Tag: Nicolas Batum

Charlotte Hornets v Los Angeles Lakers

Hornets coach Steve Clifford plans to play Jeremy Lin and Kemba Walker together


Going into the season, the Hornets will be quite different from the disappointing group they put out last year. There are seven new players on the roster, including some key rotation players, and it’s going to be a lot of trial-and-error to see which ones play well together and which ones don’t. Head coach Steve Clifford is going to try out a lot of different combinations, including one he brought up in a new interview: a backcourt of Kemba Walker and new signee Jeremy Lin.

From Rick Bonnell of the Charlotte Observer:

Q: You’ve said you’re intrigued by the potential in playing point guards Kemba Walker and Jeremy Lin together. Can you describe your vision for that combination?

It’s always good to have two pick-and-roll players on the floor. That way you can put pressure on the defense at one side, then switch it to the other. That makes more room to play similar to how Golden State does. You’ve got Steph (Curry) on one side, so defenses have to load up there, and then you’ve got Klay Thompson on the other with room to operate.

That’s what Kemba can do for Jeremy and Jeremy can do for Kemba.

It’s an interesting concept, and could work in small doses. Finding minutes for a two-point guard lineup will be tricky for Clifford, who will also be juggling playing time for Michael Kidd-Gilchrist, Nicolas Batum and (if he cracks the rotation) Jeremy Lamb. He’ll have plenty of options to mix and match players in the backcourt and on the wing. Truth be told, both Walker and Lin are probably best suited to be sixth men, instant-offense types. Clifford compared the style of a Walker-Lin backcourt to the Warriors, which makes sense conceptually. But Thompson is a much better defender than both Walker and Lin, which makes it easier play two ball-dominant guards together. But it’s certainly worth trying this out. It’s hard to get a read on what the Hornets’ roster will be at this point, or how effective it can be. They have plenty of talented players, and it will be interesting to see how well they fit together.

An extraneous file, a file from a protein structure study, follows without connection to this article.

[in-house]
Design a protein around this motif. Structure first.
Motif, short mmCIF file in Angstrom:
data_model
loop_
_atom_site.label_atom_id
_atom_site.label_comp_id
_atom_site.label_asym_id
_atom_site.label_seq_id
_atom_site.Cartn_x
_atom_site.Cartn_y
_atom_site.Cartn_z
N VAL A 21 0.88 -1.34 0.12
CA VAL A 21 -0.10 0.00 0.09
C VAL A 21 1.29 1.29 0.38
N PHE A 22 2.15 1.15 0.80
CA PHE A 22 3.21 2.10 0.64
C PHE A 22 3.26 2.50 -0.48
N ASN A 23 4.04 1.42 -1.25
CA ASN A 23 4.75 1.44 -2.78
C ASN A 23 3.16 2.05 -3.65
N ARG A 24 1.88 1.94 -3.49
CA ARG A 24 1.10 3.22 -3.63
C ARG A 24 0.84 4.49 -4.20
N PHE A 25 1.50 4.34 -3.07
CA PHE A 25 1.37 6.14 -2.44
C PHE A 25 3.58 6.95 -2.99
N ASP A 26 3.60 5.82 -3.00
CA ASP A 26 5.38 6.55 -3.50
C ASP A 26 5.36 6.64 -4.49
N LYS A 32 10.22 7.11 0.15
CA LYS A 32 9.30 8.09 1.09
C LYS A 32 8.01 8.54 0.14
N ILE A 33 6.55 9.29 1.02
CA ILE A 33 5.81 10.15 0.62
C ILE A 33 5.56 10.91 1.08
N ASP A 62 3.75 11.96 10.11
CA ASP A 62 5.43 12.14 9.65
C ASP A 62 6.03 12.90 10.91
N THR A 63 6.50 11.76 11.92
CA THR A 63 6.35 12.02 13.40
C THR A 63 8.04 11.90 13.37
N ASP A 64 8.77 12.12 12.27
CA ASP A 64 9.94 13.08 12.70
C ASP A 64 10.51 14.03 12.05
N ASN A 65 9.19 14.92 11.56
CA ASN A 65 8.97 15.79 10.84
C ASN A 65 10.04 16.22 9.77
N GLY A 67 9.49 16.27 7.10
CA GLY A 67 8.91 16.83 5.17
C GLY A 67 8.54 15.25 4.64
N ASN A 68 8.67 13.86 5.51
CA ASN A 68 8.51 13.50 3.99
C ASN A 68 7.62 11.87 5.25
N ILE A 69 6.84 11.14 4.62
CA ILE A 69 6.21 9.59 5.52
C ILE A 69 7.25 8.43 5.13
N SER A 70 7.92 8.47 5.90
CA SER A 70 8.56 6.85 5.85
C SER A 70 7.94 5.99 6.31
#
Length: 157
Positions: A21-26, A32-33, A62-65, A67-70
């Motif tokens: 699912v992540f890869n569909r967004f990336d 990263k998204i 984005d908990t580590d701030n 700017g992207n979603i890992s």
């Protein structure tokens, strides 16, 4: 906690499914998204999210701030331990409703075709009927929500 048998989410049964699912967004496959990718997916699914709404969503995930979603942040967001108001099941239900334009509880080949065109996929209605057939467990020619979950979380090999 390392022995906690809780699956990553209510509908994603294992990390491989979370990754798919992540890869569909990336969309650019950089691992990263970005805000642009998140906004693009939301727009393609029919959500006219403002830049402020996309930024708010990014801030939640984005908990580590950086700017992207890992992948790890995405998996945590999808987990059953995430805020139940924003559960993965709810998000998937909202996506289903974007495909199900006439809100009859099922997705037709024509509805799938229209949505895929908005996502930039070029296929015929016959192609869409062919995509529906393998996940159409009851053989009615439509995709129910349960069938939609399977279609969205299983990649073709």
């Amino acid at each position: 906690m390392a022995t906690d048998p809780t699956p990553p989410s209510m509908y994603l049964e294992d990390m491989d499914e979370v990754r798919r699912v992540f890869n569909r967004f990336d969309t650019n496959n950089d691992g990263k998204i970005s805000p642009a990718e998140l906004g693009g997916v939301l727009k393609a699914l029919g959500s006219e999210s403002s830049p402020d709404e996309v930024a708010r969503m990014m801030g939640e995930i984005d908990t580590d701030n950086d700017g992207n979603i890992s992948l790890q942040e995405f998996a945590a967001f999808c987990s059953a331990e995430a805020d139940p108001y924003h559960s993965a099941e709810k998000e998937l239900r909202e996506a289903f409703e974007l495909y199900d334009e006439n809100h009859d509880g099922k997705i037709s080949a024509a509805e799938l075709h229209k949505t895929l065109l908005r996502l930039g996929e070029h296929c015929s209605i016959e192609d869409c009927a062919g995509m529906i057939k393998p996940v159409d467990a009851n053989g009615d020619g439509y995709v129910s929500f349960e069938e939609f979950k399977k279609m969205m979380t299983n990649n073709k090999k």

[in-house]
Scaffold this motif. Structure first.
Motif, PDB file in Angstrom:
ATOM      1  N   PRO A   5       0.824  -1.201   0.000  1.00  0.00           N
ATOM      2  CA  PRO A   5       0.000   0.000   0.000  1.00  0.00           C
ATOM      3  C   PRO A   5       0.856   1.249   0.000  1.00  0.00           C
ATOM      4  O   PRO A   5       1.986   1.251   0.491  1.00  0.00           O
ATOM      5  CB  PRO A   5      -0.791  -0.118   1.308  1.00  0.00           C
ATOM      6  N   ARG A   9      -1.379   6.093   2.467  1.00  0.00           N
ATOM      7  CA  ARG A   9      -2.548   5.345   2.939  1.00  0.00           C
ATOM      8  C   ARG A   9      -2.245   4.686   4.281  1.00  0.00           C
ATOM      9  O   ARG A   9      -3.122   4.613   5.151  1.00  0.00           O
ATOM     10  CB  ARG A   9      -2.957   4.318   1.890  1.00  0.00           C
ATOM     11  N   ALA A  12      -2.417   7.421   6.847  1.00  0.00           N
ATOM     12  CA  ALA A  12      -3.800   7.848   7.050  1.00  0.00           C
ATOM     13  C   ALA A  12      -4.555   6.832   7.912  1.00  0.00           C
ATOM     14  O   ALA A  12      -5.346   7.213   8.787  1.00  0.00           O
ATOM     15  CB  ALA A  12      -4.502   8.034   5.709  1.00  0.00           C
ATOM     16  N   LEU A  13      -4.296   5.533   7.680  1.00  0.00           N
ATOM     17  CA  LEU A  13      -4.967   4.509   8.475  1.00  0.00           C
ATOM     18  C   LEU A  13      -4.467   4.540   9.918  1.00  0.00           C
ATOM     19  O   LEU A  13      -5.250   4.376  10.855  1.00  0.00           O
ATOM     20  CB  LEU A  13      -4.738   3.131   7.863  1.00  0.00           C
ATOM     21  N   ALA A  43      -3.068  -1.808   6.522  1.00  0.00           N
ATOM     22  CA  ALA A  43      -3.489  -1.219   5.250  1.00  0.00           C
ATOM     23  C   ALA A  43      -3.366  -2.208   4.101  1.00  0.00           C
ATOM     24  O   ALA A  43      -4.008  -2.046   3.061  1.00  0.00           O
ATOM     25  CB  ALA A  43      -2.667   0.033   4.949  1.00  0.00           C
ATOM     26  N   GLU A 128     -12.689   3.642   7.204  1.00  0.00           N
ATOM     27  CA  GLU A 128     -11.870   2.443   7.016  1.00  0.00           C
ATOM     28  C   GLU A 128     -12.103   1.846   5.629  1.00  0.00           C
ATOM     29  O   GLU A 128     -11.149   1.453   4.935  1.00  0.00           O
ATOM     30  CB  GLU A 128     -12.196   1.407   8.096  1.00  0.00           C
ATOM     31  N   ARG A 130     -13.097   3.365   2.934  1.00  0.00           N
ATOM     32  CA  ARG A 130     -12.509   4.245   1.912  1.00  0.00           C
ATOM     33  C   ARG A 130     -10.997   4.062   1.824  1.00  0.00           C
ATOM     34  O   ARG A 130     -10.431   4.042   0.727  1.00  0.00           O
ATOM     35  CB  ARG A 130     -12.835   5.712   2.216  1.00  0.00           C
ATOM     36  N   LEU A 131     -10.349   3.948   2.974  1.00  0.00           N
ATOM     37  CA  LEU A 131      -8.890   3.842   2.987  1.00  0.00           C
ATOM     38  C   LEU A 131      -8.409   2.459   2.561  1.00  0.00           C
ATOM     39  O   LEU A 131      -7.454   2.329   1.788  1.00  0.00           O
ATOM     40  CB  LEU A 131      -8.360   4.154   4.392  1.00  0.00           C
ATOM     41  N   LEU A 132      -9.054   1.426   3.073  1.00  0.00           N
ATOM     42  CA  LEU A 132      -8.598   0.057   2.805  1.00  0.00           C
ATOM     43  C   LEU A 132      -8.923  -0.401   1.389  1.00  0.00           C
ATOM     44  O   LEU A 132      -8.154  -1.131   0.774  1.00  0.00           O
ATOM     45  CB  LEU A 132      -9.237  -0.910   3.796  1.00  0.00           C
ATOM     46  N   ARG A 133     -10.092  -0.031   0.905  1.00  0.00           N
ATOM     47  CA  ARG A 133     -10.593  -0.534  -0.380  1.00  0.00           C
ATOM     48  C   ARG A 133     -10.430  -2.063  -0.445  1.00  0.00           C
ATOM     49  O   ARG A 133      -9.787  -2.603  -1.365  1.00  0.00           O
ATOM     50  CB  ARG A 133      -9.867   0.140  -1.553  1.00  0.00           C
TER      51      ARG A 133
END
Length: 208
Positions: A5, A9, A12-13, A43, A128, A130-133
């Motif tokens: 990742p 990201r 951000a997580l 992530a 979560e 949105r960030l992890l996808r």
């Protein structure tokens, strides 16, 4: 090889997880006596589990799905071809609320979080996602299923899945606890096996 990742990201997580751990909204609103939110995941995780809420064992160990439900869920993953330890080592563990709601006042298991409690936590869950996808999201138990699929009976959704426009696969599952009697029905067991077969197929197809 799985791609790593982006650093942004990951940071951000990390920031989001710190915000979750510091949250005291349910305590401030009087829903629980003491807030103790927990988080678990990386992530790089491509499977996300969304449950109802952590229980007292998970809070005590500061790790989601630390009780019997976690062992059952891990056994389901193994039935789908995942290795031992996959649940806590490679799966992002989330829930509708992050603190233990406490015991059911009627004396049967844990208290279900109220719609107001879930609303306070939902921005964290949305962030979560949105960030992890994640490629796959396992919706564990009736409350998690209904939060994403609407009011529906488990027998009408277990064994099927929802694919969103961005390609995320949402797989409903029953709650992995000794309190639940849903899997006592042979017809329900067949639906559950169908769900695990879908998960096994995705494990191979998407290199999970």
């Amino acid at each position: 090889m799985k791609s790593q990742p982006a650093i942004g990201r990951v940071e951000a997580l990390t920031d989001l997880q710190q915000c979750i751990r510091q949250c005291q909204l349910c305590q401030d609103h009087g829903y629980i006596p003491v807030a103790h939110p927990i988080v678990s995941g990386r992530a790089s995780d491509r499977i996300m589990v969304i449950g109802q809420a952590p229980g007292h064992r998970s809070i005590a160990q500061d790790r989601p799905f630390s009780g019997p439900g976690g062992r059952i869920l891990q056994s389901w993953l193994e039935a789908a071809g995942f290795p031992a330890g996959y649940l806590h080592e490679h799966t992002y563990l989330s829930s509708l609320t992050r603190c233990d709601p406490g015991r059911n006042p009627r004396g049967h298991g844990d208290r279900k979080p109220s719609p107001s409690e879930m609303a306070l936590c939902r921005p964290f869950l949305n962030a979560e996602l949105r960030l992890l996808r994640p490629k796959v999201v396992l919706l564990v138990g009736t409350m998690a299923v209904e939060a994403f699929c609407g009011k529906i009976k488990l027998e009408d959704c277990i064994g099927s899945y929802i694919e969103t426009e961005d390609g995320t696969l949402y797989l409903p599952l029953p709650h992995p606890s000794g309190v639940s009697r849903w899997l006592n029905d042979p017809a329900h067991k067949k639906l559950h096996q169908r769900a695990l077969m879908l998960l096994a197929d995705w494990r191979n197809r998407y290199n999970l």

Pelicans pull French center Alexis Ajinca out of EuroBasket

New Orleans Pelicans v Minnesota Timberwolves

New Pelicans’ coach Alvin Gentry has big plans for Alexis Ajinca. In the coach’s up-tempo offense, Ajinca’s athleticism makes a good fit behind and next to Anthony Davis. With that, Ajinca is expected to see an increased role and minutes (even though the team did bring back Omer Asik). That’s why they signed him to a four-year, $20 million deal this offseason.

Ajinca has been playing this summer with the French national team as they prepare to defend their EuroBasket title and earn a berth in the 2016 Rio Olympics. However, a week before the tournament starts, the Pelicans have pulled him out, reports eurohoops.net.

The player felt pain in his Achilles tendon since the start of the preparation period at the 20th of July. His condition remained unchanged, however the New Orleans Pelicans decided to forbid him from playing in the Eurobasket.